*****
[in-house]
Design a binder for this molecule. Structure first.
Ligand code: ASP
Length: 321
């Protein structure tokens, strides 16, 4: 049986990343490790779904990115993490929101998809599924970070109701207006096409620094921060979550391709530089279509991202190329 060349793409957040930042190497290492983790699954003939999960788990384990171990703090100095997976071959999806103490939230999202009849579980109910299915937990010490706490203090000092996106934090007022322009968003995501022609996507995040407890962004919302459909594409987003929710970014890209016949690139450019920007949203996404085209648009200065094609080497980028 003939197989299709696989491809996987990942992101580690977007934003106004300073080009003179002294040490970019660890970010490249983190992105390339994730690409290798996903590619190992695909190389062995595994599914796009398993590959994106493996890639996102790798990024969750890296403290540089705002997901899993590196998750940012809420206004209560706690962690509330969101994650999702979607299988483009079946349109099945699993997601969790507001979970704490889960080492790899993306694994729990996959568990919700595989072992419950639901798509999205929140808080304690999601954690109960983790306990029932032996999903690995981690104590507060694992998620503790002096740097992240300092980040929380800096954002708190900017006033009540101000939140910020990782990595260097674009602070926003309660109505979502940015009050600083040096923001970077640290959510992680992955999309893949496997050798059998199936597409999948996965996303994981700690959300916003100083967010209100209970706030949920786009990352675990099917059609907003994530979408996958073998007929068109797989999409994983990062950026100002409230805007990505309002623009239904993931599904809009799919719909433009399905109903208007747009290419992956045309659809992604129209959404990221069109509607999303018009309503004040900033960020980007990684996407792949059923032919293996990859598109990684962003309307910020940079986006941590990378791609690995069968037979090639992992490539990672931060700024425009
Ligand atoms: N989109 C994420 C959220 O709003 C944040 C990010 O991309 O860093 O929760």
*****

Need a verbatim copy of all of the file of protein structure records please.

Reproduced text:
[in-house]
Design a binder for this molecule. Structure first.
Ligand code: ASP
Length: 321
């Protein structure tokens, strides 16, 4: 049986990343490790779904990115993490929101998809599924970070109701207006096409620094921060979550391709530089279509991202190329 060349793409957040930042190497290492983790699954003939999960788990384990171990703090100095997976071959999806103490939230999202009849579980109910299915937990010490706490203090000092996106934090007022322009968003995501022609996507995040407890962004919302459909594409987003929710970014890209016949690139450019920007949203996404085209648009200065094609080497980028 003939197989299709696989491809996987990942992101580690977007934003106004300073080009003179002294040490970019660890970010490249983190992105390339994730690409290798996903590619190992695909190389062995595994599914796009398993590959994106493996890639996102790798990024969750890296403290540089705002997901899993590196998750940012809420206004209560706690962690509330969101994650999702979607299988483009079946349109099945699993997601969790507001979970704490889960080492790899993306694994729990996959568990919700595989072992419950639901798509999205929140808080304690999601954690109960983790306990029932032996999903690995981690104590507060694992998620503790002096740097992240300092980040929380800096954002708190900017006033009540101000939140910020990782990595260097674009602070926003309660109505979502940015009050600083040096923001970077640290959510992680992955999309893949496997050798059998199936597409999948996965996303994981700690959300916003100083967010209100209970706030949920786009990352675990099917059609907003994530979408996958073998007929068109797989999409994983990062950026100002409230805007990505309002623009239904993931599904809009799919719909433009399905109903208007747009290419992956045309659809992604129209959404990221069109509607999303018009309503004040900033960020980007990684996407792949059923032919293996990859598109990684962003309307910020940079986006941590990378791609690995069968037979090639992992490539990672931060700024425009
Ligand atoms: N989109 C994420 C959220 O709003 C944040 C990010 O991309 O860093 O929760």